7.4 Preserving natural forests - Mata Samuel de Paula at Nova Lima
An issue of international concern and debate is the loss of rainforest ecosystems, and their associated biodiversity. Consequently, preserving the Brazilian Atlantic rainforest around its operations is a significant biodiversity issue for the AngloGold Ashanti South American operations. AngloGold Ashanti Mineracão, Cuibá and Corrégo do Sítio are all situated within the state of Minas Gerais, where large tracts of land have been classified as protected Atlantic Forest.
In 1991, the entire Brazilian Atlantic Forest ecosystem was designated a World Biosphere Reserve by UNEP. (These are not to be confused with the Amazonian rainforest much further to the north.) These forests have been decimated over the last century as cities have grown, and large farms, cattle ranches and coffee and sugar plantations have replaced the natural habitat. However, the areas owned by mining companies such as AngloGold Ashanti have been relatively well protected from both illegal mining and hunting.
Conservation of the fragments of the remaining Atlantic Forest, and its associated flora and fauna, is being promoted by Brazilian Atlantic Forest Preservation law (which was promulgated in 2002). In support of these efforts, AngloGold Ashanti has set aside an area of 147 hectares of native forest, much of which is Brazilian Atlantic Forest. This area has been designated as a RPPN (Private Natural Forest Reserve) by the State Forest Institute (IEF).The reserve has been named Mata Samuel de Paula, honouring a man who dedicated more than 30 years to Morro Velho, promoting conservation in the area.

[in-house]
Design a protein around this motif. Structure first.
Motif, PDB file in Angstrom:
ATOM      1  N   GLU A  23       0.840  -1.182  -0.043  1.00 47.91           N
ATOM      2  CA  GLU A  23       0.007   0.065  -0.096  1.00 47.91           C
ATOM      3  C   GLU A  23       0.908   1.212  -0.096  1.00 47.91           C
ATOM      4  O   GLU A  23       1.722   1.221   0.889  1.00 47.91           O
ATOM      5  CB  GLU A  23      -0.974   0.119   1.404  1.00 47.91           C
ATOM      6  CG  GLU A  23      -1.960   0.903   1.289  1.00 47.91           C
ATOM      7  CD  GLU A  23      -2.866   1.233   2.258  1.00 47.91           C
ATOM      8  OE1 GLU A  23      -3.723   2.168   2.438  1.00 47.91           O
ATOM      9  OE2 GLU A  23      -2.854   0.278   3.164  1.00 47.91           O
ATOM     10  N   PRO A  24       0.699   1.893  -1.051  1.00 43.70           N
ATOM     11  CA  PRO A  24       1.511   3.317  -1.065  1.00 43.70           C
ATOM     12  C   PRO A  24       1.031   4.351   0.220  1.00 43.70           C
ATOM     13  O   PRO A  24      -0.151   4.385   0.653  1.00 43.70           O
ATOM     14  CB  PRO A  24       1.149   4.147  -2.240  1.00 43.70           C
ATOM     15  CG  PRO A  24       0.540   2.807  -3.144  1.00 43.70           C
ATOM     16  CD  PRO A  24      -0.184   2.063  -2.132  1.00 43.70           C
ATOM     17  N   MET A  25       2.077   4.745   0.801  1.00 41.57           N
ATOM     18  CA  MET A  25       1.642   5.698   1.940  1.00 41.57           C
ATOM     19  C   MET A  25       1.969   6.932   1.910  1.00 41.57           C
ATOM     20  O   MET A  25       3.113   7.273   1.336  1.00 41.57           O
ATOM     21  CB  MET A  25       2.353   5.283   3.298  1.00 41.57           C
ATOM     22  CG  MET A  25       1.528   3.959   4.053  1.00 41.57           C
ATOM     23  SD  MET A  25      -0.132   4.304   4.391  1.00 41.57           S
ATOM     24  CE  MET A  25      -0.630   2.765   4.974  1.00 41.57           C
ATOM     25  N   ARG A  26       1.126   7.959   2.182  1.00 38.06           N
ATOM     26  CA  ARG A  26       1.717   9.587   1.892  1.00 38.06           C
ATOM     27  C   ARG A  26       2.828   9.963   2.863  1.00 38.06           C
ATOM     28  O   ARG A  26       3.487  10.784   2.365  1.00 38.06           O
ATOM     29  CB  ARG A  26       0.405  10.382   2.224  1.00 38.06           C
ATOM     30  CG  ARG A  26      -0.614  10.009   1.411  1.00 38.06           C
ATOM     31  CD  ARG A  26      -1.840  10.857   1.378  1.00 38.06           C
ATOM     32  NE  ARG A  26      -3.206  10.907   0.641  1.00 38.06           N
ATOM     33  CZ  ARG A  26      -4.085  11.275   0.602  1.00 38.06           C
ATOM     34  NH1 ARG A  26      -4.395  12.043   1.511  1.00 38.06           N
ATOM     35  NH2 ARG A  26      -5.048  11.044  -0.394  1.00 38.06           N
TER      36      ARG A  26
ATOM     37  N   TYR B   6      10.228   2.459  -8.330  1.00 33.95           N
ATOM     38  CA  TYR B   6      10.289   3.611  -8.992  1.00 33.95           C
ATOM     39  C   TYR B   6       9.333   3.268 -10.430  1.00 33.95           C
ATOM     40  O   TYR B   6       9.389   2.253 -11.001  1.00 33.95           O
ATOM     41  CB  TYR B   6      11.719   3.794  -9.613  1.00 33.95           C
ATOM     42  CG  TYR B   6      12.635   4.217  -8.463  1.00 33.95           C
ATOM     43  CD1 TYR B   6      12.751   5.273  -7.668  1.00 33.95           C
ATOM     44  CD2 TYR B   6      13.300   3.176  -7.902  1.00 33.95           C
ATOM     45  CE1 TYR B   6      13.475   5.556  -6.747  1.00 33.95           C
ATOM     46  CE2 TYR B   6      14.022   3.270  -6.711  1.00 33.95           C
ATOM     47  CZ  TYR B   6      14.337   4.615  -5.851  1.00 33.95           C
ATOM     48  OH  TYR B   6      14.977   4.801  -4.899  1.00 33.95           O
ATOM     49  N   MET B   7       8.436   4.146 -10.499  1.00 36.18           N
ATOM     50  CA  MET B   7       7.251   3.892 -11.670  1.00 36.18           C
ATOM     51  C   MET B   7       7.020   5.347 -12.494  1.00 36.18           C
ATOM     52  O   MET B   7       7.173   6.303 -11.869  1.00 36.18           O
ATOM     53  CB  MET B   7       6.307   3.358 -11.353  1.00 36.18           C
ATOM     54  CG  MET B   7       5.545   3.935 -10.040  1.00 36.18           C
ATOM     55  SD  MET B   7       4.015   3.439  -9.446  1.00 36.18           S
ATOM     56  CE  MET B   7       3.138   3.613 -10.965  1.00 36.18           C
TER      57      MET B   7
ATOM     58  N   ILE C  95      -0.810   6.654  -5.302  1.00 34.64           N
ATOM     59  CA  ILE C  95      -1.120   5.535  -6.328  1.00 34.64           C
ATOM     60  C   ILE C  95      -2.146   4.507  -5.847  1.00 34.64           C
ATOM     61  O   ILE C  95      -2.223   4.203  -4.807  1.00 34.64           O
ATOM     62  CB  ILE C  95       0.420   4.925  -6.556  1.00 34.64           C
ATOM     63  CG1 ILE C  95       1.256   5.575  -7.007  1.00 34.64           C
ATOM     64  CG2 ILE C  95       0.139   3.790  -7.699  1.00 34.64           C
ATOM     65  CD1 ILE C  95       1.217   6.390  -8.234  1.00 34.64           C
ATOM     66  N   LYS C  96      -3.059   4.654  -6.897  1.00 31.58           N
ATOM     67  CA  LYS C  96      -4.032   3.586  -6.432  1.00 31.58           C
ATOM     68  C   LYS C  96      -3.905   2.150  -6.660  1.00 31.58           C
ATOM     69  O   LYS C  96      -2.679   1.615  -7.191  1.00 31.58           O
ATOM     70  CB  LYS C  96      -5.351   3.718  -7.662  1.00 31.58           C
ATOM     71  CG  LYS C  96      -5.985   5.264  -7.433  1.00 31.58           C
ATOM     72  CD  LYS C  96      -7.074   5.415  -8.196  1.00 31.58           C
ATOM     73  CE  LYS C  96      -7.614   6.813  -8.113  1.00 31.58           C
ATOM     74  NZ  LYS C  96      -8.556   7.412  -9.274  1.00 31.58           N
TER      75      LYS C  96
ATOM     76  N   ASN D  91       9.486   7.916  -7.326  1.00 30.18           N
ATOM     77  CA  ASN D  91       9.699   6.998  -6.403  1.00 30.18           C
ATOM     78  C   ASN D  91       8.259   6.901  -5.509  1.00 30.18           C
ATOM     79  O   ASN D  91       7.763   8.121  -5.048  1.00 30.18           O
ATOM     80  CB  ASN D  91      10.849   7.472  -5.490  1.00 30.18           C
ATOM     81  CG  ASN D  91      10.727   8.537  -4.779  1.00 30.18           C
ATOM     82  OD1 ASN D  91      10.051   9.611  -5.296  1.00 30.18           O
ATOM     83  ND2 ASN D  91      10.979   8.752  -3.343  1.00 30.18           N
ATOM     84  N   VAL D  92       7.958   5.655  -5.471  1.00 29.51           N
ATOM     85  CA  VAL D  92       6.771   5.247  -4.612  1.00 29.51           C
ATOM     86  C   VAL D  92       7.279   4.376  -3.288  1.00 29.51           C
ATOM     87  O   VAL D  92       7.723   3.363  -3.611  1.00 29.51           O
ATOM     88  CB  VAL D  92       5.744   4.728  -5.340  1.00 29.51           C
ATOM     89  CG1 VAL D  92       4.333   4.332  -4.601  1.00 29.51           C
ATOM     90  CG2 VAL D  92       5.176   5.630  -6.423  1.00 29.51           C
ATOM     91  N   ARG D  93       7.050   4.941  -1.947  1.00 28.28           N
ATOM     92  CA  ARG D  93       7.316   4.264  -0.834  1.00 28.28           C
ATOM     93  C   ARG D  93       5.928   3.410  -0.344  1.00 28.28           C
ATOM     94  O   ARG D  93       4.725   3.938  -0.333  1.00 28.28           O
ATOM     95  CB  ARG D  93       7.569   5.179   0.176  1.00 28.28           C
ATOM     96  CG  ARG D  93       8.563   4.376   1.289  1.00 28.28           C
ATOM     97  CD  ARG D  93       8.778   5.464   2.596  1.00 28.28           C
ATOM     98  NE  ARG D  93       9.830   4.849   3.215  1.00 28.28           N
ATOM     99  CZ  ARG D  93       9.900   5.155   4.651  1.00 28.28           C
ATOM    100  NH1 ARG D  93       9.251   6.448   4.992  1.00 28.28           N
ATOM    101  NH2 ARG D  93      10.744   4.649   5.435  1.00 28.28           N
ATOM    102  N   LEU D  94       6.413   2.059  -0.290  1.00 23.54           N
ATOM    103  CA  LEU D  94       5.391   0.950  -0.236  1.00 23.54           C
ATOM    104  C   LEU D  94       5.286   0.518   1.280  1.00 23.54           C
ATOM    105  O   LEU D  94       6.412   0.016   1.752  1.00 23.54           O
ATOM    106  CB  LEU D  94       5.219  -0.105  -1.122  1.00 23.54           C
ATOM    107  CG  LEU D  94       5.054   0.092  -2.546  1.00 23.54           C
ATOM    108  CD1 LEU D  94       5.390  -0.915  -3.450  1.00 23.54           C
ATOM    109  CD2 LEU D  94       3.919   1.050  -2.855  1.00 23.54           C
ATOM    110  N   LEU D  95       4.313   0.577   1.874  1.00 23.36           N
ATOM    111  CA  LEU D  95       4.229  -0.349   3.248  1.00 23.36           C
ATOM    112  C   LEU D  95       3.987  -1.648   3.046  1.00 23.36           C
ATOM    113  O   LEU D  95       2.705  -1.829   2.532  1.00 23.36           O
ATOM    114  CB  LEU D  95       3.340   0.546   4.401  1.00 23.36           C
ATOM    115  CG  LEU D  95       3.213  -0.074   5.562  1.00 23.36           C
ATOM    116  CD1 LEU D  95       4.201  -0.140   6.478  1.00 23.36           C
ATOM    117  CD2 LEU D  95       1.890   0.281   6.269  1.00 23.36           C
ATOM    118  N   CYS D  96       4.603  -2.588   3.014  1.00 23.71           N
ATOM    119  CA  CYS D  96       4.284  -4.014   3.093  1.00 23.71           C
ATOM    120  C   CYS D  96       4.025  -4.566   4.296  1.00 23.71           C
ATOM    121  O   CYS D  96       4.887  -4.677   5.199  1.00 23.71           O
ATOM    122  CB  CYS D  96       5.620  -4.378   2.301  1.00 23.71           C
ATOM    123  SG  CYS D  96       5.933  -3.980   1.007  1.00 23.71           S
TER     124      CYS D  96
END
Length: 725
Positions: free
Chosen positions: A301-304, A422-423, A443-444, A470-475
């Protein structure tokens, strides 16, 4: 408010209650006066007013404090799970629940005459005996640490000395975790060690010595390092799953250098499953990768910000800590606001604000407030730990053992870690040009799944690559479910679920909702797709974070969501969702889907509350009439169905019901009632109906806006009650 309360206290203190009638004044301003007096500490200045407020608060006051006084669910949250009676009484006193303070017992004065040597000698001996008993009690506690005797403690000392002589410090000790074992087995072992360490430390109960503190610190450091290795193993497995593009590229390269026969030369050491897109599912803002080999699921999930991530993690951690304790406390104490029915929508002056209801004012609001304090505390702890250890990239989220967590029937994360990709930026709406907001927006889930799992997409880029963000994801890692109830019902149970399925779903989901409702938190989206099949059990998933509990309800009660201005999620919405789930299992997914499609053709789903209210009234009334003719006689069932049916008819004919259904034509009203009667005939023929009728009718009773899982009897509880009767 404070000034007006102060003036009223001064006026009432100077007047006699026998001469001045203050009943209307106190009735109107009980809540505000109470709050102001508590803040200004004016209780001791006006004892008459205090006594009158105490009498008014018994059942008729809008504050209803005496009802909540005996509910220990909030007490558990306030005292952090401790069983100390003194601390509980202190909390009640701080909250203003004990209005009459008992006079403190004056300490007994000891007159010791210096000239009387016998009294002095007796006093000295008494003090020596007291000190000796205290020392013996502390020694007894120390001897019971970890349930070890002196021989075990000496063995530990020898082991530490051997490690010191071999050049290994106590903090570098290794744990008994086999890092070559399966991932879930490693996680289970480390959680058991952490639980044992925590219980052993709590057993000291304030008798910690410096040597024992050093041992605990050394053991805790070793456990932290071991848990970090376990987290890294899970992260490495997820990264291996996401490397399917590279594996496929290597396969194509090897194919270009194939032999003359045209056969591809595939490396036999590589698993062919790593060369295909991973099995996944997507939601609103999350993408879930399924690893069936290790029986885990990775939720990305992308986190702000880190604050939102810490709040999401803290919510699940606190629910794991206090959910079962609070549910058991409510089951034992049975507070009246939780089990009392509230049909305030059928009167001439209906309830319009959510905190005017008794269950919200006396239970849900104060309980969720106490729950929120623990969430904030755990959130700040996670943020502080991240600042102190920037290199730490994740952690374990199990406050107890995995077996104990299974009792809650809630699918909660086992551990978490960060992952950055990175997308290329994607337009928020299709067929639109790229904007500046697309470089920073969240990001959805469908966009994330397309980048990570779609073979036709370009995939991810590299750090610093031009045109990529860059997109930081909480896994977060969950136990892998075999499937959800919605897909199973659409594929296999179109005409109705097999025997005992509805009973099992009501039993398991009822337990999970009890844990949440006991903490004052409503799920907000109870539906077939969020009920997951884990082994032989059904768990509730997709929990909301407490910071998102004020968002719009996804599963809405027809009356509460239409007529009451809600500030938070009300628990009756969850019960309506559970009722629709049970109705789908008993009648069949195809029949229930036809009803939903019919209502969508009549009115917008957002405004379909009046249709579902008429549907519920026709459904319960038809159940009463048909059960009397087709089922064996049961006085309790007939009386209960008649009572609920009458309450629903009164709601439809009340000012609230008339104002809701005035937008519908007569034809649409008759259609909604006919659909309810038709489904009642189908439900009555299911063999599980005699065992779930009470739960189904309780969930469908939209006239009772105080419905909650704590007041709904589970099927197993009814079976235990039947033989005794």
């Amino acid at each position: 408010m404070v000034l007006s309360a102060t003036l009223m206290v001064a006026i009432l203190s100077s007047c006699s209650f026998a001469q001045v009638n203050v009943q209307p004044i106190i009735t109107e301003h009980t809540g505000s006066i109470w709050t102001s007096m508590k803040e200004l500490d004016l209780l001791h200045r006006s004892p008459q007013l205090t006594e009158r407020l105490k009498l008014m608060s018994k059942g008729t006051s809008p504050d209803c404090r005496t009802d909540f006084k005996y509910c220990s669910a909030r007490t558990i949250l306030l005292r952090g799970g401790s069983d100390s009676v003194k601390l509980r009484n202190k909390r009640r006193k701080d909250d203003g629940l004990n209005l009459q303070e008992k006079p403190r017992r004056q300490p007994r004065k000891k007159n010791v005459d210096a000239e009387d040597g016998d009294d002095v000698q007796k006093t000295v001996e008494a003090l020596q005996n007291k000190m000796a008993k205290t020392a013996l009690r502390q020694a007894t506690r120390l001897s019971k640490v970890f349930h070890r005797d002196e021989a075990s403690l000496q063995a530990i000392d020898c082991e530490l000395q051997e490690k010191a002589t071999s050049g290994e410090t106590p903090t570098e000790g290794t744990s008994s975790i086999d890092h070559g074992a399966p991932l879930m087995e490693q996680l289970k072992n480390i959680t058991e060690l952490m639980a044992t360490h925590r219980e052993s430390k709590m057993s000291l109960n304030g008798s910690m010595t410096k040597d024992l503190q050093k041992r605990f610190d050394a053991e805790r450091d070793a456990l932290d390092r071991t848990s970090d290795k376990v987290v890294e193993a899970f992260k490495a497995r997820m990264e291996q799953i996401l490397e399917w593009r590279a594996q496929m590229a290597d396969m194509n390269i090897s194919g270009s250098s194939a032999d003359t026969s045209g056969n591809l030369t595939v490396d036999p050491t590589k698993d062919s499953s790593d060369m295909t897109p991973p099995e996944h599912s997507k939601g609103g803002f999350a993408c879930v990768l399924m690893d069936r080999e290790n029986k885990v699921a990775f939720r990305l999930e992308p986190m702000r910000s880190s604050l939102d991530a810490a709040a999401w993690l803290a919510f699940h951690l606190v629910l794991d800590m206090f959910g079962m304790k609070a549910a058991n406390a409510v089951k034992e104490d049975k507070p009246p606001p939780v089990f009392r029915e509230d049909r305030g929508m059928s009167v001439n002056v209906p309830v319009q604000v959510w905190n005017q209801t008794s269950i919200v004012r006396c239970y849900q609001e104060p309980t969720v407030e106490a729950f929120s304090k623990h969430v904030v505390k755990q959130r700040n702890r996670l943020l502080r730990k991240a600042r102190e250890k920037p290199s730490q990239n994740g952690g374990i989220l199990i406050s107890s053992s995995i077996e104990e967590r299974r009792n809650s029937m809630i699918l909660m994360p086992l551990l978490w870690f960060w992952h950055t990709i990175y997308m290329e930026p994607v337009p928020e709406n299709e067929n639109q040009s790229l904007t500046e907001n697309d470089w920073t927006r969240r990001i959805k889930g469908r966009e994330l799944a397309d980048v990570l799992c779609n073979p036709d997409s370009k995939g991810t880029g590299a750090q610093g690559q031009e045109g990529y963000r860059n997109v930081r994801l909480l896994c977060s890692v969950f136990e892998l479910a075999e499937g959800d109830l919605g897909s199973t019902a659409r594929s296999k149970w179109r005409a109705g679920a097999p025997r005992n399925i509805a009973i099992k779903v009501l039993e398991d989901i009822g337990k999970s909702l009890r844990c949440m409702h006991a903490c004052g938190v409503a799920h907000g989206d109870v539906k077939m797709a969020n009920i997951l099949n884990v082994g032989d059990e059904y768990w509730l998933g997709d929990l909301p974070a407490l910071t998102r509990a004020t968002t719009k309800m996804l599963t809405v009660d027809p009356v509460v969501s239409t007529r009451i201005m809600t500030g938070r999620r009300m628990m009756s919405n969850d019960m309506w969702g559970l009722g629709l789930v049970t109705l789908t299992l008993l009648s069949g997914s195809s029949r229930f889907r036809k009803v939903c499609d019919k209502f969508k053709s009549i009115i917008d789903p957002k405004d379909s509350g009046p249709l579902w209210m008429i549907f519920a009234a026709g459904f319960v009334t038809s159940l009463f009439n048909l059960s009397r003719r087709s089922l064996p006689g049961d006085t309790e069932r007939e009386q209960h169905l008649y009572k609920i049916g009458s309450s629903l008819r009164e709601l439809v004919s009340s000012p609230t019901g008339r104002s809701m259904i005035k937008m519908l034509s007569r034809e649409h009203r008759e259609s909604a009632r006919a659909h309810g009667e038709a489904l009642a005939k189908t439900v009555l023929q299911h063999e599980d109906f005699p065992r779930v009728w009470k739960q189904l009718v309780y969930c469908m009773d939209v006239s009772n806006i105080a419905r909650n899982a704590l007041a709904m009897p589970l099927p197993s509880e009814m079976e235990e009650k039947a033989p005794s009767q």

The reserve is integrated with the Harry Oppenheimer Centre for Environmental Education which is located on its border, thus providing constant administrative and surveillance support to the RPPN by the
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A research partnership was signed with the Federal University of Minas Gerais (UFMG) in May 2004, establishing a five-year project to study the fauna and flora of the reserve. This will include a detailed study of water quality of all sources inside the reserve and a complete description of the mammals, birds and reptiles inhabiting the area. Ecology professors Francisco Barbosa and Marcos Callisto of the Biology Department at UFMG are the project co-ordinators and a series of master and doctoral theses are being generated from the project.
During the course of the project, a reserve management guide will be published. This will include the identification of areas of special interest, walking trails, and bird watching areas within the reserve. The document will provide a useful masterplan for use by the reserve managers in the sustainable management and conservation of the reserve.